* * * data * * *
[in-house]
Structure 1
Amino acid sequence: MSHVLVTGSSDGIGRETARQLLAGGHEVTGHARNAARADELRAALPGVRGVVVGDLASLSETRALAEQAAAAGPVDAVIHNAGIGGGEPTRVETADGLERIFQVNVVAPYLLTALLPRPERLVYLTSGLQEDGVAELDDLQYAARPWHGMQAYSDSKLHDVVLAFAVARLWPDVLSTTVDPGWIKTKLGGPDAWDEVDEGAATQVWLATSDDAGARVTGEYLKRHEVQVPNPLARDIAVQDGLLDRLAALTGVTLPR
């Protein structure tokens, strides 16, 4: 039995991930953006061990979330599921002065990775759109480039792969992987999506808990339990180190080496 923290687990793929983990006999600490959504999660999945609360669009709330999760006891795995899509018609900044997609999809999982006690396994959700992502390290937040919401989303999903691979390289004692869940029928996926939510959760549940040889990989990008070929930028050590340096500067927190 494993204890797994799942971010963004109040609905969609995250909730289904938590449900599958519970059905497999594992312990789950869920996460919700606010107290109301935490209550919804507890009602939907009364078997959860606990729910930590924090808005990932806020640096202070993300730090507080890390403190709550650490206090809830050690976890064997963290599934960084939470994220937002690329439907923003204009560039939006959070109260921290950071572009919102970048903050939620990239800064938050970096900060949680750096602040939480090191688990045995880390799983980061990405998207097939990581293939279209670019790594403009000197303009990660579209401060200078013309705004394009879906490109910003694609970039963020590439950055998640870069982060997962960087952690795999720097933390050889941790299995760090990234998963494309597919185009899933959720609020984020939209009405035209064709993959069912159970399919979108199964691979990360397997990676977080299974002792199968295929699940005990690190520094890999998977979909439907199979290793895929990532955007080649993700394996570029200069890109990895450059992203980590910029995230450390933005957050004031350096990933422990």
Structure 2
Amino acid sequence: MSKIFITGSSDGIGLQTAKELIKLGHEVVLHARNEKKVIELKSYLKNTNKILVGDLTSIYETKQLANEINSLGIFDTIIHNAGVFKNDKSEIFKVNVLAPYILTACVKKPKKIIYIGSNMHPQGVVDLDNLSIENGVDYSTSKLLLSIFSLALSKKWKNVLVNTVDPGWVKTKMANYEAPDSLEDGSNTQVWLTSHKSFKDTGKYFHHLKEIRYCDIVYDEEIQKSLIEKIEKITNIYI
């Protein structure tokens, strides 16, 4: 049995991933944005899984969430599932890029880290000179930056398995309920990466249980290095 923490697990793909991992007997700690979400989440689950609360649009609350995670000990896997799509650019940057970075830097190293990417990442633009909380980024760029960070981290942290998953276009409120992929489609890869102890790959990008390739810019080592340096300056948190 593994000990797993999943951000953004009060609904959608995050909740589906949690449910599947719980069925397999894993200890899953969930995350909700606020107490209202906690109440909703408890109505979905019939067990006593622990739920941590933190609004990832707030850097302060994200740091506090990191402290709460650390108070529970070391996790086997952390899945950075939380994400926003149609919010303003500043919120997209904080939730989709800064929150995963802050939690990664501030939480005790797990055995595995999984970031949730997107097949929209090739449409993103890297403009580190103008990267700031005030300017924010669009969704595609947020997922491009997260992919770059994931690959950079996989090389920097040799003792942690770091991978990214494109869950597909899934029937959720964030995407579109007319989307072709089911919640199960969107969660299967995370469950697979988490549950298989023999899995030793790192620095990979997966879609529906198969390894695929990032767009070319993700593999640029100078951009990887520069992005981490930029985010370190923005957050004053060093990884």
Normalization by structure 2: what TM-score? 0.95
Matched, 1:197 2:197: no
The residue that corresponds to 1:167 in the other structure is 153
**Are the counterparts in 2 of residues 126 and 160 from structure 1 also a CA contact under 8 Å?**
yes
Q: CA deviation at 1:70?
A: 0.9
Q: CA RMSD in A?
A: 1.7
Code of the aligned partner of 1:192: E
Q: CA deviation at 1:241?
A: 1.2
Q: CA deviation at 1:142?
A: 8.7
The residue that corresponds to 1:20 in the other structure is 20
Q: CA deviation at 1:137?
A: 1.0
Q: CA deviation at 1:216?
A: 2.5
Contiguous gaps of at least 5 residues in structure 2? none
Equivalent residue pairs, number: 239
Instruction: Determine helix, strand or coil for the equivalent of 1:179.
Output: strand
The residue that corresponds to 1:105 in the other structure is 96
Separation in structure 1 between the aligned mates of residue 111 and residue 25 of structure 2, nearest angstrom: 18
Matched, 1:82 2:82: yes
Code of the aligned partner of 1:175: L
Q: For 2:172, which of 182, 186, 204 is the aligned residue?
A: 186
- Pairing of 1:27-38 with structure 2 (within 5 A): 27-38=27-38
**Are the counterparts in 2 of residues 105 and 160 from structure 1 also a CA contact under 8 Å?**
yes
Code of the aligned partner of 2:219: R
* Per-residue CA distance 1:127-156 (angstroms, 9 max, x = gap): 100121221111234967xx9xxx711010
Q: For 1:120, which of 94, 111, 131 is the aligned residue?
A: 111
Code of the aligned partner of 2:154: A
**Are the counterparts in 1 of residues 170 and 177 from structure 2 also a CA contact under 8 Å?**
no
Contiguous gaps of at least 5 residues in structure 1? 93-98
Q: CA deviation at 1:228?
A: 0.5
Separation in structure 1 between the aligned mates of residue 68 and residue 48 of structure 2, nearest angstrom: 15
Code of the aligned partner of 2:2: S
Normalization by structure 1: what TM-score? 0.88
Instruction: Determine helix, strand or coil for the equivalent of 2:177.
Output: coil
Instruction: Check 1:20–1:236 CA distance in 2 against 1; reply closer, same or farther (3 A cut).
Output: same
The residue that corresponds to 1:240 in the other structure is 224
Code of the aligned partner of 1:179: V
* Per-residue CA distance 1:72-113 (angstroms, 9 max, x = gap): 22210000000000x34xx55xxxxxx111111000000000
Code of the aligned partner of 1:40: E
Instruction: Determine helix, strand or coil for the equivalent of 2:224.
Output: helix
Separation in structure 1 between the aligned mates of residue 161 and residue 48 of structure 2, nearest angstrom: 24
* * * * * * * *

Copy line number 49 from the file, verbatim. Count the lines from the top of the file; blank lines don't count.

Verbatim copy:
A: 0.5